Stephen A. Pitre

Circuit Judge
Escambia County
Circuit Criminal, Circuit Civil
Judicial Assistant: 
Vanessa Barnett

M.C. Blanchard Judicial Building
190 Governmental Center, Sixth Floor Chambers
Pensacola, FL 32502

Fax : 
850-595-4437 (Faxes limited to 15 pages)


Effective January 1, 2015, the Escambia County Clerk of Court will no longer accept proposed orders through the Florida Court E-Filing Portal.  All proposed orders must be submitted directly to the presiding judge, either by U.S. mail or e-mail (in MS Word format) at .

Judicial assistants are neither qualified nor able to provide legal advice to anyone.



Criminal cases:

Florida Rule of Judicial Administration 2.250 establishes as a presumptively reasonable time period for the completion of a felony case, 180 days (between arrest to final disposition). Rule 2.545 mandates that the trial judge take charge of all cases at an early stage in the litigation and control the progress of the case until the matter is determined. Further, a trial court must apply a firm continuance policy as continuances should be few and good cause required, per rule.

Accordingly, time is of the essence at any stage of the case. In considering any motion to continue, attention will be given to efforts made by either side to avoid the continuance such as setting and scheduling depositions well in advance of any future trial date, as well as conducting any investigation early on to avoid last-minute disclosure of witnesses. Trial counsel are encouraged to develop a discovery plan at the early stage of the case and take active measures to implement that entire plan, prior to seeking any necessary continuance.

Commencing January 1, 2019, Division A will no longer schedule VOP hearings on a contested and uncontested docket. Instead, all VOP hearings scheduled after arraignment shall be set for a contested hearing. Parties and counsel must be prepared for contested violation of probation hearings that are scheduled after arraignment. Counsel are encouraged to discuss with each other whether a matter will in fact be contested after arraignment but both sides should be prepared in the event an evidentiary hearing is required. If the continuance is necessary, such request should be brought to the attention of the court by way of motion prior to the hearing.

Counsel are encouraged to state within any motion, the position of opposing counsel to the relief sought.

Counsel are encouraged to provide detail and authority within the body of any motion. As a general observation, motions that contain sufficient detail and are well briefed and cited with legal authority may be more persuasive than those that are lacking.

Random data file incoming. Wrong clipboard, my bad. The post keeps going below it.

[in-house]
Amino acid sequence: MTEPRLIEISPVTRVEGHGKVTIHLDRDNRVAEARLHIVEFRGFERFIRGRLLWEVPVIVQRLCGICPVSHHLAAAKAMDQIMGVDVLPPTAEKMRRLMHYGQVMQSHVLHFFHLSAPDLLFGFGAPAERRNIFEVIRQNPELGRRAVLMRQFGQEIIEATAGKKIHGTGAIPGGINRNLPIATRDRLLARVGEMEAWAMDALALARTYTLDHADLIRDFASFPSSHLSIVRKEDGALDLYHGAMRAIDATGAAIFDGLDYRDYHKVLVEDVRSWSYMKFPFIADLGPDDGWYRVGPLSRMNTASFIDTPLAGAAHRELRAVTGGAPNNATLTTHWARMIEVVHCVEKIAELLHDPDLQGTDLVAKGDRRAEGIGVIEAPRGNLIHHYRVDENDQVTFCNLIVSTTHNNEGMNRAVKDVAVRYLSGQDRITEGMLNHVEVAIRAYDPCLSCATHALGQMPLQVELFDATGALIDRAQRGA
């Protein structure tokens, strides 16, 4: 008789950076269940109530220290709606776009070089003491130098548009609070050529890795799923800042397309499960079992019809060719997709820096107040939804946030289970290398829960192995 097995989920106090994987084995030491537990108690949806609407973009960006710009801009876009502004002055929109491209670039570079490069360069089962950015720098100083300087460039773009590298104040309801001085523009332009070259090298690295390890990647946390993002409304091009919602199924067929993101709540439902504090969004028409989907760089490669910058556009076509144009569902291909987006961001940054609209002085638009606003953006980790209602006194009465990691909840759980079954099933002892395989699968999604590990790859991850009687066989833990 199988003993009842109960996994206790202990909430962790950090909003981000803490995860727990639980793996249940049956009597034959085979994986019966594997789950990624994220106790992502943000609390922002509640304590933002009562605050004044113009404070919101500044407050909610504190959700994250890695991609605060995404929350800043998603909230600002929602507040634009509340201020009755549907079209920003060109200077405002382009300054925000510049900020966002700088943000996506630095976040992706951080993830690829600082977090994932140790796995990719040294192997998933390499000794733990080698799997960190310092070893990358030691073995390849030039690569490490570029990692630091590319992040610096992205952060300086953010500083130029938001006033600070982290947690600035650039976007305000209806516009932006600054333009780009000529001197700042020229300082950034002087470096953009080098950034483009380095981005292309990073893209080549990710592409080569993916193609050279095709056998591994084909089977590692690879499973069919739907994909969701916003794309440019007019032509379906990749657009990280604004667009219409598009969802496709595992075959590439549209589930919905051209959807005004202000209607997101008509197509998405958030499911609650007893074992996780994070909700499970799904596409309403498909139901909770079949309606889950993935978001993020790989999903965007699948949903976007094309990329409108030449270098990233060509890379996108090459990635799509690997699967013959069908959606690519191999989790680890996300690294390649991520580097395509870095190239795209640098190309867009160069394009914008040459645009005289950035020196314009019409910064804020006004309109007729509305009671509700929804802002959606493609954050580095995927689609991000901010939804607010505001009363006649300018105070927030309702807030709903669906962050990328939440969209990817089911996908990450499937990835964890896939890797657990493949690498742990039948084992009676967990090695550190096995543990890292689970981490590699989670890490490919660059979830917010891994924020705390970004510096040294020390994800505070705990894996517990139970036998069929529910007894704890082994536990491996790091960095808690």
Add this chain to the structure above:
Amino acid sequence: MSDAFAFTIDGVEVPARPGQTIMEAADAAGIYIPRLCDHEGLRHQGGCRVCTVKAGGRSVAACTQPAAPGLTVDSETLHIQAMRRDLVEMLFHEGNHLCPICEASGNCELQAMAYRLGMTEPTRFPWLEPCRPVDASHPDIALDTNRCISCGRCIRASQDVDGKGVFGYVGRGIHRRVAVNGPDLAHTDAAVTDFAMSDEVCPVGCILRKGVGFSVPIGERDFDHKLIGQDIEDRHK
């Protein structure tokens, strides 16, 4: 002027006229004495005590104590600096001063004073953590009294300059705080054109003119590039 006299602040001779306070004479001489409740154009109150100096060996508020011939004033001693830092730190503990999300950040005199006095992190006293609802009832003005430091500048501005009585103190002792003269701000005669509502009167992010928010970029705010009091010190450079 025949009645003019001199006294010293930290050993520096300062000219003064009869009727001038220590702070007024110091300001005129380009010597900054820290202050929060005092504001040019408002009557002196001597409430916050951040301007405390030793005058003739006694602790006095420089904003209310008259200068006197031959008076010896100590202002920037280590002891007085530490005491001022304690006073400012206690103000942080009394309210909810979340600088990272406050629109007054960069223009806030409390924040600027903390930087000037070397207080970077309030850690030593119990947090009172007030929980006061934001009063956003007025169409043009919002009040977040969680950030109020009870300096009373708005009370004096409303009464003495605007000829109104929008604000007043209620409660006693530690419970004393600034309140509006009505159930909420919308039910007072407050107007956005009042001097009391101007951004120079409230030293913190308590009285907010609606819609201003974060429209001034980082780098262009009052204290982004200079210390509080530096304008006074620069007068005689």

This Court will schedule a pretrial conference pursuant to rule 3.220(o) upon request of either party.

Civil cases:

For those matters in which a hearing is requested, counsel must email the Division A judicial assistant (and copy all other trial counsel or pro se parties where possible) and request a hearing for motions that have been filed and identify the amount of time necessary. The judicial assistant will provide available dates within which to choose. Counsel for all parties and pro se litigants should monitor their email and respond within a short reasonable time to those dates and times which do not present a conflict. If there is difficulty in establishing a mutually agreeable hearing date, any party may request that the court establish a hearing date on its own.

For any non-evidentiary motion for which a hearing is not required, this Court will consider taking up the motion without oral argument and establish a briefing schedule upon the request of any party.

Appearance of counsel by telephone is a convenience. It will be the responsibility of the attorney appearing by telephone to obtain consent and confirm the technical requirements to appear in that manner.

This court prefers to review pending motions and responses prior to the hearing. This avoids oral argument serving as primarily an educational function and instead, it promotes oral argument to address specific questions by the court and legal arguments raised by the other side. Moreover,  opposing memorandums of law filed on the eve of a hearing are discouraged.  In addition, the last moment filing of an opposing brief to a motion filed weeks or months ago may not be processed and therefore brought to the attention of the court for review prior to the hearing. Accordingly, and absent good cause, emergency motions, and where otherwise permitted by rule, any briefs and memoranda filed less than seven days prior to a hearing may not be considered. As a general rule, the strength of any legal argument should be able to withstand the test of time.